Coordinates: 55°56′19.49″N 3°26′36.54″W / 55.9387472°N 3.4434833°W
Drambuie ( /dræmˈbjuːi/ or /dræmˈbuːi/) is a sweet, golden colored 80-proof liqueur made from malt whisky, honey, herbs, and spices.
Produced in Broxburn, West Lothian, Scotland, it is served straight, on the rocks, or added to mixed drinks such as the Rusty Nail.
In 2009, Drambuie launched The Royal Legacy of 1745, an upscale malt whisky liqueur. The 46% alcohol by volume spirit won the Drinks International Travel Retail Award for Best Travel Retail Drinks Launch at the TFWA, Cannes in October 2009.
The name "Drambuie" may derive from the Scottish Gaelic phrase an dram buidheach, meaning "the drink that satisfies", or possibly an dram buidhe meaning "the yellow drink".
After the Battle of Culloden in 1746, Prince Charles Edward Stuart fled to the island of Skye. There, he was given sanctuary by Captain John MacKinnon of Clan MacKinnon. According to family legend, after staying with the captain, the prince rewarded him with this prized drink recipe. (This version of events is disputed by historians – some believe it to be a story concocted to boost sales of the drink).
The legend holds that the recipe was then given in the late 19th century by Clan MacKinnon to James Ross. Ross ran the Broadford Hotel on Skye, where he developed and improved the recipe, initially for his friends and then later to patrons in the 1870s. It was one of these friends who coined the name. Ross then sold it further afield, eventually to France and the United States. The name was registered as a trademark in 1893.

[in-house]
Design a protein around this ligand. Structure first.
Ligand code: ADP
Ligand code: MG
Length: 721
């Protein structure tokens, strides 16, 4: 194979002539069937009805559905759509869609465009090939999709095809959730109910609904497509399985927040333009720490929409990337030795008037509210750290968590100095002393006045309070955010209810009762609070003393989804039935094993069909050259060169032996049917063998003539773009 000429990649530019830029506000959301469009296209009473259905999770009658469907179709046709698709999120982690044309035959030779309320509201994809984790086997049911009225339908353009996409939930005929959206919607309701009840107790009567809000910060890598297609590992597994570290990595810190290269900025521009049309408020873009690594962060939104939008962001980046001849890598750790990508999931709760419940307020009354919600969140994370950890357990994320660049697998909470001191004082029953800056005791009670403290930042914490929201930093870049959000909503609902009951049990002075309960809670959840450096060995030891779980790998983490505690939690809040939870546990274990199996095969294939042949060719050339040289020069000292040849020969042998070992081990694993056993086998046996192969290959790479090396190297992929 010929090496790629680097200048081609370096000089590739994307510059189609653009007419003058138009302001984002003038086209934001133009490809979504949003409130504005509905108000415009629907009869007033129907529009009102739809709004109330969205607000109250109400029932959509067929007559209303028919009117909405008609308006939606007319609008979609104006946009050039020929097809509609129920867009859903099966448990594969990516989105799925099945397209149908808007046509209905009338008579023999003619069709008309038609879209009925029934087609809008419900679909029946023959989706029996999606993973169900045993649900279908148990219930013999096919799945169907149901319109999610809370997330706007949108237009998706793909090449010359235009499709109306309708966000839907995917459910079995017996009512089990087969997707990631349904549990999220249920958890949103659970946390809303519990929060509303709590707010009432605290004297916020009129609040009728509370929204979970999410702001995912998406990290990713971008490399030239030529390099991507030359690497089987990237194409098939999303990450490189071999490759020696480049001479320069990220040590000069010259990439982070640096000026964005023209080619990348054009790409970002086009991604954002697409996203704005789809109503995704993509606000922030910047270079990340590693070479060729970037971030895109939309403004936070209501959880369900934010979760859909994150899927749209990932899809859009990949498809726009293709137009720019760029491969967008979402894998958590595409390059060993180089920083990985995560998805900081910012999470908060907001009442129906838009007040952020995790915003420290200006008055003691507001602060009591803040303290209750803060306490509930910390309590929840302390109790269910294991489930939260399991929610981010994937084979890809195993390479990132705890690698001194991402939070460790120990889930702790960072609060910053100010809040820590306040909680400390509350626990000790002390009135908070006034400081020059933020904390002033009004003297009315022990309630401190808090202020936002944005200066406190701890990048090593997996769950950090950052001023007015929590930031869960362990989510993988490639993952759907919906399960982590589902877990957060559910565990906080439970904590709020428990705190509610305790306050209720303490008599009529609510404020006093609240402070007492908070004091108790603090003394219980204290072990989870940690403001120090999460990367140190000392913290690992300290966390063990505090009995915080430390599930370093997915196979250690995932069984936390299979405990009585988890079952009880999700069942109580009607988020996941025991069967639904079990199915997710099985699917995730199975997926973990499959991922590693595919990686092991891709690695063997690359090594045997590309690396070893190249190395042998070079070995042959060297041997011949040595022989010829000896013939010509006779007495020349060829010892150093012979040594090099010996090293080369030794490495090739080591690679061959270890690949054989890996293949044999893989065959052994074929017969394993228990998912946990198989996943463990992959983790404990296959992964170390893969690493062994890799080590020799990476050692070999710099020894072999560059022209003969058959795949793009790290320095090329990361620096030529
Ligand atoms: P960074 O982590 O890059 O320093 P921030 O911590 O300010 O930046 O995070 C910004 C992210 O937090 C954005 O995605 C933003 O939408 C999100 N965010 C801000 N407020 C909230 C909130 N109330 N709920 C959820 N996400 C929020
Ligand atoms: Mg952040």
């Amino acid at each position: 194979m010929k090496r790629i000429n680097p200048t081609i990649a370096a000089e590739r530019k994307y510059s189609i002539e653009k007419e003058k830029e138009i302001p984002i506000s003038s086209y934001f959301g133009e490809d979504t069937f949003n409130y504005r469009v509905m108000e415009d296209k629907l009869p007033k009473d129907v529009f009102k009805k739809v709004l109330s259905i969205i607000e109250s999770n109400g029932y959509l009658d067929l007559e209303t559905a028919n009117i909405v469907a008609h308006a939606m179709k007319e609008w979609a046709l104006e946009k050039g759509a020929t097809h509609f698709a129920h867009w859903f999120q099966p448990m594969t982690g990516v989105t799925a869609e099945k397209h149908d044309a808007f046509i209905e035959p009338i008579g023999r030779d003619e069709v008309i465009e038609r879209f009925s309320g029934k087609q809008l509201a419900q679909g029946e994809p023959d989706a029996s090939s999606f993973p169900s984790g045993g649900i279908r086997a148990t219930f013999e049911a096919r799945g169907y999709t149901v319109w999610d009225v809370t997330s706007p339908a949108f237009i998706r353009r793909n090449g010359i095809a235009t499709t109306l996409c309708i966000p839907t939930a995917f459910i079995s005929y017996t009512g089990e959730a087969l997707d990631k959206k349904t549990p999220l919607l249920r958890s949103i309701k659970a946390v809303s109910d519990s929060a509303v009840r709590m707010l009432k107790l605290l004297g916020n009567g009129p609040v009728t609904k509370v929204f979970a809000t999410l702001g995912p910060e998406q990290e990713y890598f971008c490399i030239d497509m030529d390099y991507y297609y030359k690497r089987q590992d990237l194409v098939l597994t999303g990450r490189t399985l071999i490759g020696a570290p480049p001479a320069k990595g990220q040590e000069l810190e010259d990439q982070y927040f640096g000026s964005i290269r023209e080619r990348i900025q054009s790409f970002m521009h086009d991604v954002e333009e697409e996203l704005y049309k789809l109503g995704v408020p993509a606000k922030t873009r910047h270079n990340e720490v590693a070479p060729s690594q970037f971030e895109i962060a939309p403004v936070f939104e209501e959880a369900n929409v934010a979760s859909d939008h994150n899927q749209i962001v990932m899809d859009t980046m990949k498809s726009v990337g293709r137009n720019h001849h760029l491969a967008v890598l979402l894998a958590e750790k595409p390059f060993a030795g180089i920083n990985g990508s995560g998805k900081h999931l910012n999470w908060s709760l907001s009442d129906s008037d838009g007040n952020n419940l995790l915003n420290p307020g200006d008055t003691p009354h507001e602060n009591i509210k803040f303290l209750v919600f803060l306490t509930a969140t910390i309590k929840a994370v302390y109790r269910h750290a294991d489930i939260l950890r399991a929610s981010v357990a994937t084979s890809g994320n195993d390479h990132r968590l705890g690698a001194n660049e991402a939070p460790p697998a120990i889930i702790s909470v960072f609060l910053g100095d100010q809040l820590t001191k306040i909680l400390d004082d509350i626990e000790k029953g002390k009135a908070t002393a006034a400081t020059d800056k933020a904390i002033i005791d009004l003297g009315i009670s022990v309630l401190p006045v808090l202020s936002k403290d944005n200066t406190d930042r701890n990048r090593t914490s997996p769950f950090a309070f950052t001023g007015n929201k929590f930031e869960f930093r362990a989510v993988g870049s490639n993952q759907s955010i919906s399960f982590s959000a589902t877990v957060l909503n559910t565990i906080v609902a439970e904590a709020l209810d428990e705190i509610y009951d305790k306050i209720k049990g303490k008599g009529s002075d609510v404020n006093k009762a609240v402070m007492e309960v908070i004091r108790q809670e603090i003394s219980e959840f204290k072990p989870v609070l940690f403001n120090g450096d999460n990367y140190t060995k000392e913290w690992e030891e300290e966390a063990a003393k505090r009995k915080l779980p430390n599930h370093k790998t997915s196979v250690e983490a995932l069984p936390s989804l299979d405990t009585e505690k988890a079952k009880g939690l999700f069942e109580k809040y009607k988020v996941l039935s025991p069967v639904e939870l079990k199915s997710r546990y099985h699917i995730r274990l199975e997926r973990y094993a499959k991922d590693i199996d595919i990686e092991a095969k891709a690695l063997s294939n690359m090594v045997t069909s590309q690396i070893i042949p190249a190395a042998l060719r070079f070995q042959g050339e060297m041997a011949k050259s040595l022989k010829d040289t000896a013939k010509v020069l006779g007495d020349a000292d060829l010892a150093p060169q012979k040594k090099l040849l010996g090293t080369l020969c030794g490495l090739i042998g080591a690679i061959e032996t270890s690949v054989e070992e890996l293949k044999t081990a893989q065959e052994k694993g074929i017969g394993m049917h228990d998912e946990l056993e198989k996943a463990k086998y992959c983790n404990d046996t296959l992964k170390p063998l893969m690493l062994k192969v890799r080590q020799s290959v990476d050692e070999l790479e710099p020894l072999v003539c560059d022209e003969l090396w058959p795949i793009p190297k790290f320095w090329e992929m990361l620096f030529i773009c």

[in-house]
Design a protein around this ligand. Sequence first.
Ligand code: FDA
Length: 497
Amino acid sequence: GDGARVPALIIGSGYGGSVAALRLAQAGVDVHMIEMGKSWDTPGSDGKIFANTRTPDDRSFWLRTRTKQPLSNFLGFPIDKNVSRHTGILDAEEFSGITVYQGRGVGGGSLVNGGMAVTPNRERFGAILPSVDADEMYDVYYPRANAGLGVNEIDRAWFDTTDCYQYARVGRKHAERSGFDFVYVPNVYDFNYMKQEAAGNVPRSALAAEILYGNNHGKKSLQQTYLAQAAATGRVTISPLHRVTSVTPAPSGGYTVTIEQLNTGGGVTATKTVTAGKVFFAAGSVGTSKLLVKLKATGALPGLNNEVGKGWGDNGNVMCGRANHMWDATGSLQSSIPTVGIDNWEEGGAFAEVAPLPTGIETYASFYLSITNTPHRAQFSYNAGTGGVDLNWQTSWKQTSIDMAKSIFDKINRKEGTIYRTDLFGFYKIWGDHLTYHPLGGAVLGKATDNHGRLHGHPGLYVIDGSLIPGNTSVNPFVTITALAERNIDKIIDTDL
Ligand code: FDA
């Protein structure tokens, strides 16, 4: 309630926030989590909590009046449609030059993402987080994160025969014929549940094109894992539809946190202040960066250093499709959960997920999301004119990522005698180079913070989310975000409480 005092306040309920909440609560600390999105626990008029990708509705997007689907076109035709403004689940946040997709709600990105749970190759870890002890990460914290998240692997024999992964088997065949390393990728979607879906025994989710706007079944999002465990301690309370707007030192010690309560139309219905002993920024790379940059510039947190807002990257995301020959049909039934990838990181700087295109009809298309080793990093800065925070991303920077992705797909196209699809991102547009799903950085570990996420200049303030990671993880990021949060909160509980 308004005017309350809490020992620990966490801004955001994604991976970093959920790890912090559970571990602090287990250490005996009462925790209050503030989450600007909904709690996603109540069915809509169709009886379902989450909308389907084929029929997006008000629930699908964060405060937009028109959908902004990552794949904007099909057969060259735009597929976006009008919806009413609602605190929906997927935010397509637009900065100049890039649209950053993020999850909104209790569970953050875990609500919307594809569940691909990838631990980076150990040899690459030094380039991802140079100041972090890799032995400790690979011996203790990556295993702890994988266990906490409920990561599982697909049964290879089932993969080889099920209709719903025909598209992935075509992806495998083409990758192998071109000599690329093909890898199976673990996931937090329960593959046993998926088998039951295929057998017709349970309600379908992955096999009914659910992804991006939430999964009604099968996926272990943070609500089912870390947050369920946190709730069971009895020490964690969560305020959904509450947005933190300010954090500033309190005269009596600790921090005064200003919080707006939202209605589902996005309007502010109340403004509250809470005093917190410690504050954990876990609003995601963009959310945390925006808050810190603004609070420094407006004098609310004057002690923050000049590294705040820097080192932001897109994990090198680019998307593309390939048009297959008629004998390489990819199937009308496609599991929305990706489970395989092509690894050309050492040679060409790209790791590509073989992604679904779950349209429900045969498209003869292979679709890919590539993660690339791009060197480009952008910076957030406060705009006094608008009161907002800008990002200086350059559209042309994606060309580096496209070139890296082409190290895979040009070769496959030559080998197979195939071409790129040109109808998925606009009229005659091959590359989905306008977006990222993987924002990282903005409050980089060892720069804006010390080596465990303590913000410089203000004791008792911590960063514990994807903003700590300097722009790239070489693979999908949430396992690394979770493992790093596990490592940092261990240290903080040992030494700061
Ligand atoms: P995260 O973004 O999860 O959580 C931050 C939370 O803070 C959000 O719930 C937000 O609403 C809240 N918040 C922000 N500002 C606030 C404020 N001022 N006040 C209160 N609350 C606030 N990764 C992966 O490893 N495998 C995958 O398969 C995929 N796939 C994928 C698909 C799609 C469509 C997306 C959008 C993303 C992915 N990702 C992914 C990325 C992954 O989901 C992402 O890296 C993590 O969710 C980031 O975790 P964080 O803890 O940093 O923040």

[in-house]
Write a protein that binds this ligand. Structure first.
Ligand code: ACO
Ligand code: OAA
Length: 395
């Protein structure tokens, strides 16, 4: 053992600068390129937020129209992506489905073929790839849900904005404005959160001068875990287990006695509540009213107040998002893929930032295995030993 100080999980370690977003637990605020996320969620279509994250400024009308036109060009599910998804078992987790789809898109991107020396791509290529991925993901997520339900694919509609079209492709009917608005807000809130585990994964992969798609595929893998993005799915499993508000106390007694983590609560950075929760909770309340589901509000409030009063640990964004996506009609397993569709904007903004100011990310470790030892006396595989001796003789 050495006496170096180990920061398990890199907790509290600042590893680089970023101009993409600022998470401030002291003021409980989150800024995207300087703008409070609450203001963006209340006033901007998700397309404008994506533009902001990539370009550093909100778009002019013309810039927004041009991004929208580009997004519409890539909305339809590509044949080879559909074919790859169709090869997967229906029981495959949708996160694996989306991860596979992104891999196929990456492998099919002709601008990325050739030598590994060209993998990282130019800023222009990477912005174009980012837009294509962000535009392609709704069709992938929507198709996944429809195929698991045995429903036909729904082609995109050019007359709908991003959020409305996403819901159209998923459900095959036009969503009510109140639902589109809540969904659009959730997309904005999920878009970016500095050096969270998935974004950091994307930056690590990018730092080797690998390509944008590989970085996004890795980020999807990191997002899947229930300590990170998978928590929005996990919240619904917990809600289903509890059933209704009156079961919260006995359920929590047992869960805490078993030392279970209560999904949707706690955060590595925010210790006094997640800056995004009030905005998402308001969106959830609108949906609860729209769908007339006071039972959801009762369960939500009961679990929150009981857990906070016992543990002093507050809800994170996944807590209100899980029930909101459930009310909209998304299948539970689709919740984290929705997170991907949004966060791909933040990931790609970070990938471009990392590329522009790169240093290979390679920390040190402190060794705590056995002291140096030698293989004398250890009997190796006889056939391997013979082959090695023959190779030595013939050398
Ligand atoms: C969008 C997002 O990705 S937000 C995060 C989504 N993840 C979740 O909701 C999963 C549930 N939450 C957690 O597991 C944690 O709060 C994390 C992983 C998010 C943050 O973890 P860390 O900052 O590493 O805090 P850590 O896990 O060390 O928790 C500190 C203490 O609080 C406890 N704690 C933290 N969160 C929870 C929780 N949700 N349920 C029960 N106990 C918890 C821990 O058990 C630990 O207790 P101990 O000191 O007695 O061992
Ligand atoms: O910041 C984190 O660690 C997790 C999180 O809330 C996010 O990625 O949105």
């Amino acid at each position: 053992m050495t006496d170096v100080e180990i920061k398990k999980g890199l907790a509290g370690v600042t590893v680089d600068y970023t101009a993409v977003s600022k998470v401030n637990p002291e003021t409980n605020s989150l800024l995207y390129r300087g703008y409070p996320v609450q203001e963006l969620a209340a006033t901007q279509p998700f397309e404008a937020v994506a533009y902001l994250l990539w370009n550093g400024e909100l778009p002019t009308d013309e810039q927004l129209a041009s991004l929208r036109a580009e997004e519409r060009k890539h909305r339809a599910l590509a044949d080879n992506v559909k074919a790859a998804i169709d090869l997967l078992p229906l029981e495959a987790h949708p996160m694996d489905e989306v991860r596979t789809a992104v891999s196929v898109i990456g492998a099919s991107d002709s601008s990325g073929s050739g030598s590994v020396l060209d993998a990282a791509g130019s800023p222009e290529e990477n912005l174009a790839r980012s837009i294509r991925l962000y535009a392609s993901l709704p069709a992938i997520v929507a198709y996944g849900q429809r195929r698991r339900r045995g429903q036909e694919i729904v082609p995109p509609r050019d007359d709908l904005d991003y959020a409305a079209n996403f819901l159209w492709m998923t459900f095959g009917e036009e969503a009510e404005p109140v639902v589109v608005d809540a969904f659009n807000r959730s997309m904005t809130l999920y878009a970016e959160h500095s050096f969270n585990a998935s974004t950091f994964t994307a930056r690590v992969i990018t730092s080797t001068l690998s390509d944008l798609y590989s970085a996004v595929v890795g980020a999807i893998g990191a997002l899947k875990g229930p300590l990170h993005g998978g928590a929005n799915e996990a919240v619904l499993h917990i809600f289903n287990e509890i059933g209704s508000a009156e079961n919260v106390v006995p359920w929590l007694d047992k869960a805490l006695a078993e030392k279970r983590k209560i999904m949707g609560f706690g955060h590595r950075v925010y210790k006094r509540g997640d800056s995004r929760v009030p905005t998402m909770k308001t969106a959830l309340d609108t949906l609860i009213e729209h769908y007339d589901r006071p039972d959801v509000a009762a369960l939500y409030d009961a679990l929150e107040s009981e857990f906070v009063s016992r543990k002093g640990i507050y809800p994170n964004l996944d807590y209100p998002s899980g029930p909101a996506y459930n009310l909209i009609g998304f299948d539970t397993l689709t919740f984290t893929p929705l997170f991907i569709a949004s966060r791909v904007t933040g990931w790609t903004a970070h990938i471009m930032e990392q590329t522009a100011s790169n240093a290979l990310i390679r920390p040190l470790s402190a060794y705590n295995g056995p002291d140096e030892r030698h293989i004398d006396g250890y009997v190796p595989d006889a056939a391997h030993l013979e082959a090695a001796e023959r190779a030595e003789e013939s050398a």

Ross died young, and to pay for their children's education, his widow was obliged to sell the recipe, by coincidence to a different MacKinnon family, in the early 20th century. The latter MacKinnon family has been producing the drink since.
The first commercial distribution of Drambuie, in Edinburgh, was in 1910. Only twelve cases were originally sold. In 1916, Drambuie became the first liqueur to be allowed in the cellars of the House of Lords, and Drambuie began to ship world-wide to stationed British soldiers. In the 1980s, the producers of Drambuie began to advertise the liqueur. More recently work has been done to strengthen the reputation of the brand after a downturn in popularity and sales.
To celebrate the 100th anniversary of Drambuie being bottled in Edinburgh, the makers launched a new style of bottle and embarked on a television and print advertising campaign in 2010. The new bottle is clear which allows the fluid to be seen. It is taller and thinner, supposedly easier for pouring. It has a new interlocking ‘DD’ Drambuie icon behind the brand name and this also appears on the neck. The sword-slashes on the neck are a reminder of the brand's alleged origins of the Jacobite uprising of 1745 and the four diamonds represent those values closely associated with Bonnie Prince Charlie – Risk, Rebellion, Passion and Mystery.
Drambuie received the highest possible score, a "95-100", in the Wine Enthusiast's 2008 spirit ratings competition.
- ^ "Drinks International Travel Retail Awards winners announced". October 21, 2009. http://www.drinksint.com/news/fullstory.php/aid/1149/Drinks_International_Travel_Retail_Awards_winners_announced.html. Retrieved 2011-09-27.
- ^ a b c "Georgina Mackinnon". Undiscovered Scotland. Retrieved 29 Dec 2010.
- ^ Banks, Iain (2003). Raw Spirit: In Search of the Perfect Dram. London: Century. ISBN 978-1844131952.
- ^ "The Broadford Hotel is The Original Home of Drambuie". broadfordhotel.co.uk. Retrieved 29 Dec 2010.
- ^ "Drambuie", Leisure and Tourism PR Campaign, Public Relations Consultant Scotland, Profile Plus. Retrieved 14 August 2007.
- ^ www.drambuie.com
- ^ http://www.proof66.com/single_display.asp?id=1263
- British liqueurs
- Herbal liqueurs
- Scottish cuisine
- Honey liqueurs and spirits
- Scottish malt whisky
- 1893 introductions
- Scottish brands
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